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paired. They are beautiful specimens of the silversmith's art, and devout minds are touched at the thought that they are the cups which were blessed during the two great outpourings of the Holy Spirit on the people. The very coldest might realise the sacredness of these holy vessels when they think of the generations of parishioners that have lifted them, their spirits warm and trembling at the quick realisation of Crucified Love. 1

The two chalices of 1731 have now other two companions formed after the same pattern, and which bear the following inscription :-"Given by Sir Archibald Edmonstone of Duntreath, Bart., M.P., to the Church and Parish of Kilsyth, MDCCCXVII. These also are in solid silver, and were in use at the time of the second great refreshing as from the presence of the Lord. There are also among the sacred vessels two flagons, inscribed “ MONIABRUGA KIRK, 1772"; and two patens, inscribed, “ KILSYTH CHURCH, 1856." There is as yet no creditable baptismal service.

After Mr. M‘Gill, the last Episcopalian clergyman, retired, the presbytery ordered repairs, after a visitation of the parish, to the extent of £212 IS. 4d. Scots. Mr. Hay, who succeeded him, got the roof of the old church renewed, and the north aisle and vault repaired (1697). Robe, however, had not been ten years minister when there came a demand for increased accommodation. On the oth June, 1722, "he informed the Session that it was concerted between him and the factors upon the estates of Kilsyth and Banton that the aisle loft should be built and seats therein. That the seats in the aisle, both above and below the loft, should pay so much yearly to the Session ; that the Session advance a sum of money for building the said loft, and receive the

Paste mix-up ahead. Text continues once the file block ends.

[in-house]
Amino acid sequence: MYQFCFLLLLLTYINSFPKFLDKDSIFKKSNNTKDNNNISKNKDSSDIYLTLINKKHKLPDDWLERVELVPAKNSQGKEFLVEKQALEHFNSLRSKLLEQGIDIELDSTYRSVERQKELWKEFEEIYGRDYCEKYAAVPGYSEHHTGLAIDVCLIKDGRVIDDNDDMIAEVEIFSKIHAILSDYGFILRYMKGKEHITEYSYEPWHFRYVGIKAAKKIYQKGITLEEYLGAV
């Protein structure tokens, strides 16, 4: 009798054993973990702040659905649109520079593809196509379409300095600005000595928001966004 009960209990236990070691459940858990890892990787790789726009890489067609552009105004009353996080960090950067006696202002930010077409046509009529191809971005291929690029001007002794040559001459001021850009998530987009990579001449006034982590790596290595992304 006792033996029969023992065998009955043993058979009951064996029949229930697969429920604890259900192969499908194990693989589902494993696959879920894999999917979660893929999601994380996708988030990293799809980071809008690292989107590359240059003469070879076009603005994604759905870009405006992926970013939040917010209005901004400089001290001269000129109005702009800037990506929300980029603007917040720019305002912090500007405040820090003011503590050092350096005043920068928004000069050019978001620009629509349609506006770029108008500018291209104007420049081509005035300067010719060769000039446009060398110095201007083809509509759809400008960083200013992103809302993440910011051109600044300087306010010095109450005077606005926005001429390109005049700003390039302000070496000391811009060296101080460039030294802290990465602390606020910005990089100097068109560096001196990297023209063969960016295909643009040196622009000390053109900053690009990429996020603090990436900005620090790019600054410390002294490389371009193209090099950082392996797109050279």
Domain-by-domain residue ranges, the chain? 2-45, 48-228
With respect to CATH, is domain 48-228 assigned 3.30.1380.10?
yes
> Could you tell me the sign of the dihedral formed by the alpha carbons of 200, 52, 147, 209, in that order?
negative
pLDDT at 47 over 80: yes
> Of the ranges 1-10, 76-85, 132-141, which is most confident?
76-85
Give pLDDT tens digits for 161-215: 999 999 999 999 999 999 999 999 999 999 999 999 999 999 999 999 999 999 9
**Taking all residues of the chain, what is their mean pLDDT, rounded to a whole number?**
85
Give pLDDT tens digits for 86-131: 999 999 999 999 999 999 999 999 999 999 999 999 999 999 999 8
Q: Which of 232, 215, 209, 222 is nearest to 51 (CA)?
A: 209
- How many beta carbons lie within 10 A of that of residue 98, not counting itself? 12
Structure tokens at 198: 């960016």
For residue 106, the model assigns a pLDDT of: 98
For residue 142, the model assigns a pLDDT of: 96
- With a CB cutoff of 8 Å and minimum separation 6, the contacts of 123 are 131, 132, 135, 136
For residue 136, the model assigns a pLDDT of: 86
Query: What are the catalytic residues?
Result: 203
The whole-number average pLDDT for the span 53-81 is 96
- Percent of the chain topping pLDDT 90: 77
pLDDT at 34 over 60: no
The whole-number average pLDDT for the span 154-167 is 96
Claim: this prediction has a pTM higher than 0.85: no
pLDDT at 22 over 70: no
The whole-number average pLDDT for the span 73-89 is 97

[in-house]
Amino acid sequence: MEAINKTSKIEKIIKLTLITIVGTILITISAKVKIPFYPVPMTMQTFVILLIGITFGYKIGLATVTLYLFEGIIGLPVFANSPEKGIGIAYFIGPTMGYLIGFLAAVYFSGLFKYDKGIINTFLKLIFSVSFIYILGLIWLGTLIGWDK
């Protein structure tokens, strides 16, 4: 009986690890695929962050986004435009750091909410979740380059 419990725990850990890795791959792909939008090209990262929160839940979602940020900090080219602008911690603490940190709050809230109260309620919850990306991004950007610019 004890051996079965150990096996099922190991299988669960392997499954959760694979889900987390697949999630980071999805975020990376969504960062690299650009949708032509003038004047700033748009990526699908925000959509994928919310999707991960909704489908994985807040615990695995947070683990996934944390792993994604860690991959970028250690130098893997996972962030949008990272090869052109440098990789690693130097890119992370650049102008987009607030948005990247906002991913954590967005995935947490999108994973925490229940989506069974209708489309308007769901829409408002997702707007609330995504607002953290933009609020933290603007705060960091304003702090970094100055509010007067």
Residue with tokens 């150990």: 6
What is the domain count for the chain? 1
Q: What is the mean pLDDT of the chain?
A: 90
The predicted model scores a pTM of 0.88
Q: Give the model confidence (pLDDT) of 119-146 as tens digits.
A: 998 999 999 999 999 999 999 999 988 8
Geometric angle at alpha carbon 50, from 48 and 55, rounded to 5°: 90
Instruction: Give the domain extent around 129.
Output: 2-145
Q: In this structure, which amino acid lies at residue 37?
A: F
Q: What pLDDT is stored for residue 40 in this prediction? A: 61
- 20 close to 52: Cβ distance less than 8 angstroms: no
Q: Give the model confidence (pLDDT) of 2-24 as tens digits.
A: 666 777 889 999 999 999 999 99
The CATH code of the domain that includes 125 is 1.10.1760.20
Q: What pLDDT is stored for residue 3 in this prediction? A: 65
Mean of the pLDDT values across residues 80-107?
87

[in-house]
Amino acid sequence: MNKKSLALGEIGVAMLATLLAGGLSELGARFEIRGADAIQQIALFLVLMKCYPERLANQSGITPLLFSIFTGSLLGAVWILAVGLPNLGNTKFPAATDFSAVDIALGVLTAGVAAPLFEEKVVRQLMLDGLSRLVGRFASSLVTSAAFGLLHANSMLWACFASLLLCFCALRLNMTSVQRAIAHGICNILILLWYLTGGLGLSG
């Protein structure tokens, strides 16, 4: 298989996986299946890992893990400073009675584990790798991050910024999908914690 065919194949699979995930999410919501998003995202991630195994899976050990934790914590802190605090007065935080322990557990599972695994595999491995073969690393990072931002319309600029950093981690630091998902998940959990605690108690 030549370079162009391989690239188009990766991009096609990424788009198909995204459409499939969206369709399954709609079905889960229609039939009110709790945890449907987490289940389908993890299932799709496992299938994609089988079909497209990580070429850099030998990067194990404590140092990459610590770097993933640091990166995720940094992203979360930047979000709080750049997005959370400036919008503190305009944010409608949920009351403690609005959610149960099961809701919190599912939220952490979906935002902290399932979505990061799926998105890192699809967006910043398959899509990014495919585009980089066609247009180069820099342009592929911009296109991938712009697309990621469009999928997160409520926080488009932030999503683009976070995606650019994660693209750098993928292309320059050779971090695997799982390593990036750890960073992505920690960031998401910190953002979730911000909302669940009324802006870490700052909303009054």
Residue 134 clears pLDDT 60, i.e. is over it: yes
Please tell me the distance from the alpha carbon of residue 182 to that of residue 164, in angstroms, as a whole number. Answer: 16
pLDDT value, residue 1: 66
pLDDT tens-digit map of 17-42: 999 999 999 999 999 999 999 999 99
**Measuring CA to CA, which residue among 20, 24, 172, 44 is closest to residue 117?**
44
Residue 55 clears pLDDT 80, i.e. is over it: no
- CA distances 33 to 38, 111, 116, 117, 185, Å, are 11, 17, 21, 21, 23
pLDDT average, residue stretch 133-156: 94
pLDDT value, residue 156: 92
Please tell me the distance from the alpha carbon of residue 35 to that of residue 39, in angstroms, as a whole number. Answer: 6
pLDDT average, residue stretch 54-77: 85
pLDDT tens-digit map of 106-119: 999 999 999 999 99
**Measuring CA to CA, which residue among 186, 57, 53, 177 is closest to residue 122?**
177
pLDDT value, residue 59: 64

1 See Appendix V.

yearly income of the let seats until their sum be paid up both stock and interest, after which the yearly income of the let seats is to be applied for repairing the church."

In Robe's time, juries of matrons were impannelled to help the session in certain cases in the discharge of their judicial functions. The session also prosecuted causes before the civil magistrates of the place. The laws pertaining to the mortcloths were of the strictest kind: “Whosoever damaged them in any way shall be obliged to make reparations at the sight of men chosen by the Magistrates of the place.” A cabal formed in the town under pretence of giving the mason's word and suchlike nonsense, but which was really a company gathered to indulge in all-night drinking, caused Mr. Robe much trouble. Eventually he succeeded in extirpating it. His activity and zeal in all practical affairs did not render him the least unpopular, for, in 1733, he received a call from the people of Kirkintilloch. The presbytery, being of opinion that Mr. Robe in Kilsyth was the right man in the right place, refused to allow the translation to take effect.

These things take us nearer to Mr. Robe's personality, and help us to understand him. It is not to be forgotten, however, that James Robe is not held in remembrance as a parochial administrator, but as a man of God, a man learned in the Scriptures, full of the Holy Ghost and of power. The personalities of James Robe and Edward Irving have a certain correspondence. Robe was over six feet, and would be almost as tall as Irving ; but than Robe, Irving never prayed more intensely for the descent of the Holy Spirit on his Church. When a season of special profit comes to any portion of the Church, it is always well to look back on what has gone before, and consider the nature of the instruments and means which the Lord has blessed. Such views will not only help us now, but will also be helpful when we come to the second great effluence of the Holy Ghost in the time of Mr. Burns.

One thing that clearly went before the first great season of blessing was a long, an energetic, and faithful ministry. M‘Gill had laboured sixteen years; Hay, eighteen years; and Robe, twenty-nine years. There had thus been sixty-three years of a super-diligent ministry before there came the joy-time of the great harvest. Every bonfire that blazes on a hill-top is witness of a gathering of fuel by industrious labourers. The fire that burned in the parish and lit up all the district round about was kindled by the Holy Spirit; but it was these laborious workers through the long years that prepared the pile. And another thing is clear : this ministry was not only faithful, it was richly cultivated. All the three clergymen named had pretensions to scholarship. Mr. Robe was exceeding well versed both in Latin and Hebrew, and, as a man of letters, he was in touch with a large audience scattered throughout the whole country. The itinerating evangelist has his place, but the Kilsyth revival of 1742 was certainly not his work. But the preparation was not wholly of a ministerial character. Mr. Robe had round him a most conscientious session and a goodly number of people ever ready with their help.